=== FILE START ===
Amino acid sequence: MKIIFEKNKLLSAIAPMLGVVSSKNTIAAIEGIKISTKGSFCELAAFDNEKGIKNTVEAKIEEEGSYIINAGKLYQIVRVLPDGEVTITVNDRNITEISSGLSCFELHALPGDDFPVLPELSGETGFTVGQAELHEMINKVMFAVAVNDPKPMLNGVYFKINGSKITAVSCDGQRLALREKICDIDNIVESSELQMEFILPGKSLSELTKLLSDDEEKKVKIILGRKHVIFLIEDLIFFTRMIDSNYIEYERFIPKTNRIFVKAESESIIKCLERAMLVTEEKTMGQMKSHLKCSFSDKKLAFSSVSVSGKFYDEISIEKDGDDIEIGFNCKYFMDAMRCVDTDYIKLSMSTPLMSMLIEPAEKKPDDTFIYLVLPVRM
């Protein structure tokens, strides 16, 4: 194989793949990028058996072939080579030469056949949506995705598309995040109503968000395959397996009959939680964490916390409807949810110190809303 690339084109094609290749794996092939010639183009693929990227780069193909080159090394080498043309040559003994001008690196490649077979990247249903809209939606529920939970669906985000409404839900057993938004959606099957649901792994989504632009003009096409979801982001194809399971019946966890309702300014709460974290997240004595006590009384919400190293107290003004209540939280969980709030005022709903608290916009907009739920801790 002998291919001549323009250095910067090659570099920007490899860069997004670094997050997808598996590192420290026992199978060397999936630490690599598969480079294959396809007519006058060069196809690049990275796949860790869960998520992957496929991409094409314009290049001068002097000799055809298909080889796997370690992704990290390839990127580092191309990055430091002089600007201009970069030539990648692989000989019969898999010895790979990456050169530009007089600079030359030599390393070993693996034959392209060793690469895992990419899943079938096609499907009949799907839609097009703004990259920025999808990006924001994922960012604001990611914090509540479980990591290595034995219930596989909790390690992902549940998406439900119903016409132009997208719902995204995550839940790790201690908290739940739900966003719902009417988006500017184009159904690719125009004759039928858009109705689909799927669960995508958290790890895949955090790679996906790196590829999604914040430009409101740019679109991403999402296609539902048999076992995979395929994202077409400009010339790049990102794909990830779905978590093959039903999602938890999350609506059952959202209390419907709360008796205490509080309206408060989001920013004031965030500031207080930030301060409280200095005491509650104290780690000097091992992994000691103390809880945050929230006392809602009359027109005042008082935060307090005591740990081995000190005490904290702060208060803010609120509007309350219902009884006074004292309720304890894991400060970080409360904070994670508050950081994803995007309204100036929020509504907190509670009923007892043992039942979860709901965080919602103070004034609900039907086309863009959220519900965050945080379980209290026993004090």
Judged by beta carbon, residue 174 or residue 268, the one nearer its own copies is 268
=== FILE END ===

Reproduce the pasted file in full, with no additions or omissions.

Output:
Amino acid sequence: MKIIFEKNKLLSAIAPMLGVVSSKNTIAAIEGIKISTKGSFCELAAFDNEKGIKNTVEAKIEEEGSYIINAGKLYQIVRVLPDGEVTITVNDRNITEISSGLSCFELHALPGDDFPVLPELSGETGFTVGQAELHEMINKVMFAVAVNDPKPMLNGVYFKINGSKITAVSCDGQRLALREKICDIDNIVESSELQMEFILPGKSLSELTKLLSDDEEKKVKIILGRKHVIFLIEDLIFFTRMIDSNYIEYERFIPKTNRIFVKAESESIIKCLERAMLVTEEKTMGQMKSHLKCSFSDKKLAFSSVSVSGKFYDEISIEKDGDDIEIGFNCKYFMDAMRCVDTDYIKLSMSTPLMSMLIEPAEKKPDDTFIYLVLPVRM
């Protein structure tokens, strides 16, 4: 194989793949990028058996072939080579030469056949949506995705598309995040109503968000395959397996009959939680964490916390409807949810110190809303 690339084109094609290749794996092939010639183009693929990227780069193909080159090394080498043309040559003994001008690196490649077979990247249903809209939606529920939970669906985000409404839900057993938004959606099957649901792994989504632009003009096409979801982001194809399971019946966890309702300014709460974290997240004595006590009384919400190293107290003004209540939280969980709030005022709903608290916009907009739920801790 002998291919001549323009250095910067090659570099920007490899860069997004670094997050997808598996590192420290026992199978060397999936630490690599598969480079294959396809007519006058060069196809690049990275796949860790869960998520992957496929991409094409314009290049001068002097000799055809298909080889796997370690992704990290390839990127580092191309990055430091002089600007201009970069030539990648692989000989019969898999010895790979990456050169530009007089600079030359030599390393070993693996034959392209060793690469895992990419899943079938096609499907009949799907839609097009703004990259920025999808990006924001994922960012604001990611914090509540479980990591290595034995219930596989909790390690992902549940998406439900119903016409132009997208719902995204995550839940790790201690908290739940739900966003719902009417988006500017184009159904690719125009004759039928858009109705689909799927669960995508958290790890895949955090790679996906790196590829999604914040430009409101740019679109991403999402296609539902048999076992995979395929994202077409400009010339790049990102794909990830779905978590093959039903999602938890999350609506059952959202209390419907709360008796205490509080309206408060989001920013004031965030500031207080930030301060409280200095005491509650104290780690000097091992992994000691103390809880945050929230006392809602009359027109005042008082935060307090005591740990081995000190005490904290702060208060803010609120509007309350219902009884006074004292309720304890894991400060970080409360904070994670508050950081994803995007309204100036929020509504907190509670009923007892043992039942979860709901965080919602103070004034609900039907086309863009959220519900965050945080379980209290026993004090």
Judged by beta carbon, residue 174 or residue 268, the one nearer its own copies is 268